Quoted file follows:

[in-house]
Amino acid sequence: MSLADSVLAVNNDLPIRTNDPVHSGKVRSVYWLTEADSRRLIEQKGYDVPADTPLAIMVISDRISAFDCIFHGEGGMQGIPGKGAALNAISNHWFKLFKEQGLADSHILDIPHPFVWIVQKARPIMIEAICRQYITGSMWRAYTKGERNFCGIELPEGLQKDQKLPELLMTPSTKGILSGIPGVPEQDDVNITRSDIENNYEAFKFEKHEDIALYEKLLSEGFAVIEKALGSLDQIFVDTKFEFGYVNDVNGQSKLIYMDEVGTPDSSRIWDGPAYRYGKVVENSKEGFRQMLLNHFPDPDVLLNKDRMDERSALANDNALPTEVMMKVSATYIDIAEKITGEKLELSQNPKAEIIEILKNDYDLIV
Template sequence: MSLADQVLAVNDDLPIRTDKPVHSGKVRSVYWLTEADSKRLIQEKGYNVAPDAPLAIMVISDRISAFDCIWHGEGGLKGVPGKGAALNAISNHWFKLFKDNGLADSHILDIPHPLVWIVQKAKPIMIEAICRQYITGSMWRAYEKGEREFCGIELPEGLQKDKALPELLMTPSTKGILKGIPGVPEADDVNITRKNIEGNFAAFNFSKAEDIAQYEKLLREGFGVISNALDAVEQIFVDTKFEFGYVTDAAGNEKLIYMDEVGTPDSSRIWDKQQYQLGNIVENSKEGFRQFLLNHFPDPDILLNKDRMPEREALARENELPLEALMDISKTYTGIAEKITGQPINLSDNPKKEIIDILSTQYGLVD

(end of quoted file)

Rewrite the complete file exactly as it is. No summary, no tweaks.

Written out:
[in-house]
Amino acid sequence: MSLADSVLAVNNDLPIRTNDPVHSGKVRSVYWLTEADSRRLIEQKGYDVPADTPLAIMVISDRISAFDCIFHGEGGMQGIPGKGAALNAISNHWFKLFKEQGLADSHILDIPHPFVWIVQKARPIMIEAICRQYITGSMWRAYTKGERNFCGIELPEGLQKDQKLPELLMTPSTKGILSGIPGVPEQDDVNITRSDIENNYEAFKFEKHEDIALYEKLLSEGFAVIEKALGSLDQIFVDTKFEFGYVNDVNGQSKLIYMDEVGTPDSSRIWDGPAYRYGKVVENSKEGFRQMLLNHFPDPDVLLNKDRMDERSALANDNALPTEVMMKVSATYIDIAEKITGEKLELSQNPKAEIIEILKNDYDLIV
Template sequence: MSLADQVLAVNDDLPIRTDKPVHSGKVRSVYWLTEADSKRLIQEKGYNVAPDAPLAIMVISDRISAFDCIWHGEGGLKGVPGKGAALNAISNHWFKLFKDNGLADSHILDIPHPLVWIVQKAKPIMIEAICRQYITGSMWRAYEKGEREFCGIELPEGLQKDKALPELLMTPSTKGILKGIPGVPEADDVNITRKNIEGNFAAFNFSKAEDIAQYEKLLREGFGVISNALDAVEQIFVDTKFEFGYVTDAAGNEKLIYMDEVGTPDSSRIWDKQQYQLGNIVENSKEGFRQFLLNHFPDPDILLNKDRMPEREALARENELPLEALMDISKTYTGIAEKITGQPINLSDNPKKEIIDILSTQYGLVD